Bad breath can be an embarrassing problem – but did you know family dentists have been helping patients with this issue for years?
It’s been decades since halitosis – persistent bad breath – was recognized as a serious dental issue by dentists. Although bad breath by itself does not cause any severe health problems, it can be a sign of one.
There are three main causes of halitosis family dentists encounter:
Bad Breath Cause #1: Dental Hygiene Issues
One of the most important ways to defend yourself against bad breath is to brush your teeth regularly.
If you are brushing at least twice a day, but still notice you have issues with bad breath, start by adding one more brushing session to your daily routine. If this helps, but the issue doesn’t go away completely, look at your flossing schedule.
When bad breath seems to come out of nowhere, the culprit may be food particles between teeth. Bacteria feed on these, causing odors. Without flossing, bits of food can remain in teeth for days.
As your toothbrush gets older, it’s less effective at removing bacteria and food particles. It can also start to irritate your gums more easily. Replace it regularly as the bristles get worn down.
Bad Breath Cause #2: Diet
Diet is a major factor in breath – for obvious and not-so-obvious reasons!
First, you could simply be eating things with a pungent odor, like onions and garlic. Brushing your teeth within 30 minutes of eating these foods usually resolves breath issues. However, that’s not the only thing to watch out for on the menu!
Generally, diets high in sugar are more likely to cause bad breath.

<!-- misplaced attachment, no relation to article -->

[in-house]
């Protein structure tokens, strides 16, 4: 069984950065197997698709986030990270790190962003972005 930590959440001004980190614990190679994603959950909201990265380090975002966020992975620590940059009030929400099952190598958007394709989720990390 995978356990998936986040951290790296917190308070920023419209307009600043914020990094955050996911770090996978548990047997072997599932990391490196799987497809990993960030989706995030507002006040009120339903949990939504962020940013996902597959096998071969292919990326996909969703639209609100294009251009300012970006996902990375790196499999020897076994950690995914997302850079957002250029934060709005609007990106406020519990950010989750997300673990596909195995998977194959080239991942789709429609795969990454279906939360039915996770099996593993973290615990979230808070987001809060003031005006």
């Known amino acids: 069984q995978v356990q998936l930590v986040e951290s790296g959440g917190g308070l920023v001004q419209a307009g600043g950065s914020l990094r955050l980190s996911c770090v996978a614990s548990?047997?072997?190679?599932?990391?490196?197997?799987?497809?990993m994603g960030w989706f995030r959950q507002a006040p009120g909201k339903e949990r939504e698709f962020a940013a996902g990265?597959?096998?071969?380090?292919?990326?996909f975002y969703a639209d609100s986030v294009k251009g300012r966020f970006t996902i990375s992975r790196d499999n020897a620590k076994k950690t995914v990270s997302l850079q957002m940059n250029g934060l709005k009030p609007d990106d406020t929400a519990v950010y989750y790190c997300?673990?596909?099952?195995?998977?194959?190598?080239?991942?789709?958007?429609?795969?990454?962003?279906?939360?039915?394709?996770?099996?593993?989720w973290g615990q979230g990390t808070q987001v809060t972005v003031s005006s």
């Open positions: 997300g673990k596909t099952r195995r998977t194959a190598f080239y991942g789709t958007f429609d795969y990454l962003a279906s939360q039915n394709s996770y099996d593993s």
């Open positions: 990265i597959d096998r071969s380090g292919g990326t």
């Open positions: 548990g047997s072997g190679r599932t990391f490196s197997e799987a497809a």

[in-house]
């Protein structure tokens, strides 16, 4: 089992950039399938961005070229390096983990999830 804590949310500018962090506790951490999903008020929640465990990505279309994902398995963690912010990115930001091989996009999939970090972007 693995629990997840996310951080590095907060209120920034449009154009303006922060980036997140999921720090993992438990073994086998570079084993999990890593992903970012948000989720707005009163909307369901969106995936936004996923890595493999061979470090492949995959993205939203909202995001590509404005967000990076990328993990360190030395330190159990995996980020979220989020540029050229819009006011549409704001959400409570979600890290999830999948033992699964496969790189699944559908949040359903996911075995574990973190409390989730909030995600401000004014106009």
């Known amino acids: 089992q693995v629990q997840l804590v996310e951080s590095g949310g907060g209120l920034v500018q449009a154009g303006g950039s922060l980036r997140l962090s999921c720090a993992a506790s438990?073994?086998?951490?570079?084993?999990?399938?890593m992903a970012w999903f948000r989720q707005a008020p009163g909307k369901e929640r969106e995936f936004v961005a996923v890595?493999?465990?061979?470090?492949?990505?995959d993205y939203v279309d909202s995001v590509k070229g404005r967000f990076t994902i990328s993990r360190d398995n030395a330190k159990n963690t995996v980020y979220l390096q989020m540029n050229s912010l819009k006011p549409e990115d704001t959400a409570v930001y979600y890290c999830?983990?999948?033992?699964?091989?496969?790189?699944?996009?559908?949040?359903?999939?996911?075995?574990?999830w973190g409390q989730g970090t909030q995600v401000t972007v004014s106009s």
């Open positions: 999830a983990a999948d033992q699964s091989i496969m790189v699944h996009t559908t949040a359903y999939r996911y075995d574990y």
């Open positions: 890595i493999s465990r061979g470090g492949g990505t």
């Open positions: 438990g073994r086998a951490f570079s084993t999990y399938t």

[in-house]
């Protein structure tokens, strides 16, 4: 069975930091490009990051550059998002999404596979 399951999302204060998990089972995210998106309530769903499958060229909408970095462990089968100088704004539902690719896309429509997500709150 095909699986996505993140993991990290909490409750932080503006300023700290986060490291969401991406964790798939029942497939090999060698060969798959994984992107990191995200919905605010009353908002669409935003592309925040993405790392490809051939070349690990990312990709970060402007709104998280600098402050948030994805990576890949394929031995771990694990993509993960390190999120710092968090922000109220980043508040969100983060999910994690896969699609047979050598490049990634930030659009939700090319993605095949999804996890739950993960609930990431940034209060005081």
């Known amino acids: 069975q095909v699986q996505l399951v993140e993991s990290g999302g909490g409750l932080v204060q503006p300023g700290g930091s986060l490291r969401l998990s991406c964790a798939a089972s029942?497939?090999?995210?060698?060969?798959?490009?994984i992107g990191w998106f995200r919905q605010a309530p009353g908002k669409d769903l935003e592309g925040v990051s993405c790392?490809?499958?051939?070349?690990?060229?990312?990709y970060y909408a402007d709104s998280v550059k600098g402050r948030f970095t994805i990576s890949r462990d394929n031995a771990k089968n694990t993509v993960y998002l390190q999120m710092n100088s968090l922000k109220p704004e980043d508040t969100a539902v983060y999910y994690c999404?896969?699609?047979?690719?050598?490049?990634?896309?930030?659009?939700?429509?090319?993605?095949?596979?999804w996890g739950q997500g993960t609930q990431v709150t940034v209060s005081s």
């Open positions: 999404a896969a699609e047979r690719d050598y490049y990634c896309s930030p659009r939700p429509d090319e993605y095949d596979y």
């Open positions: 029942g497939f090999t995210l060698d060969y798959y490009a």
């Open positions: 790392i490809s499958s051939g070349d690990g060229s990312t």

Many cases of bad breath are caused by bacteria in the mouth as it attempts to colonize the teeth. These bacteria flourish when given access to sugar, facilitating faster growth of dental plaque. Ultimately, tooth decay can result.
By cutting some sweet treats out of your meals, you may improve your breath.
Proteins, including red meat, can also provoke sour breath.
Bad Breath Cause #3: Injury & Illness
Bad breath with no other obvious cause can be the result of tooth decay or gum disease. However, these conditions rarely progress far enough to cause changes in the breath without other symptoms, including bleeding, discoloration, and pain.
Any type of injury or surgical wound in the mouth can cause bad breath during the healing process. Follow the instructions of your doctor or dentist to ensure these are taken care of so they can heal naturally.
A number of infections can cause lesions, sores, or other problems in and around the mouth. These may cause bad breath until resolved. Some conditions affect the breath even if there are no other oral or dental symptoms.
Halitosis? Contact Your Trusted Family Dentists
Bad breath can be an annoyance. It’s nothing to be ashamed of, but you should look into it to rule out any serious problems. Contact Landmark Dental Group to get to the bottom of it.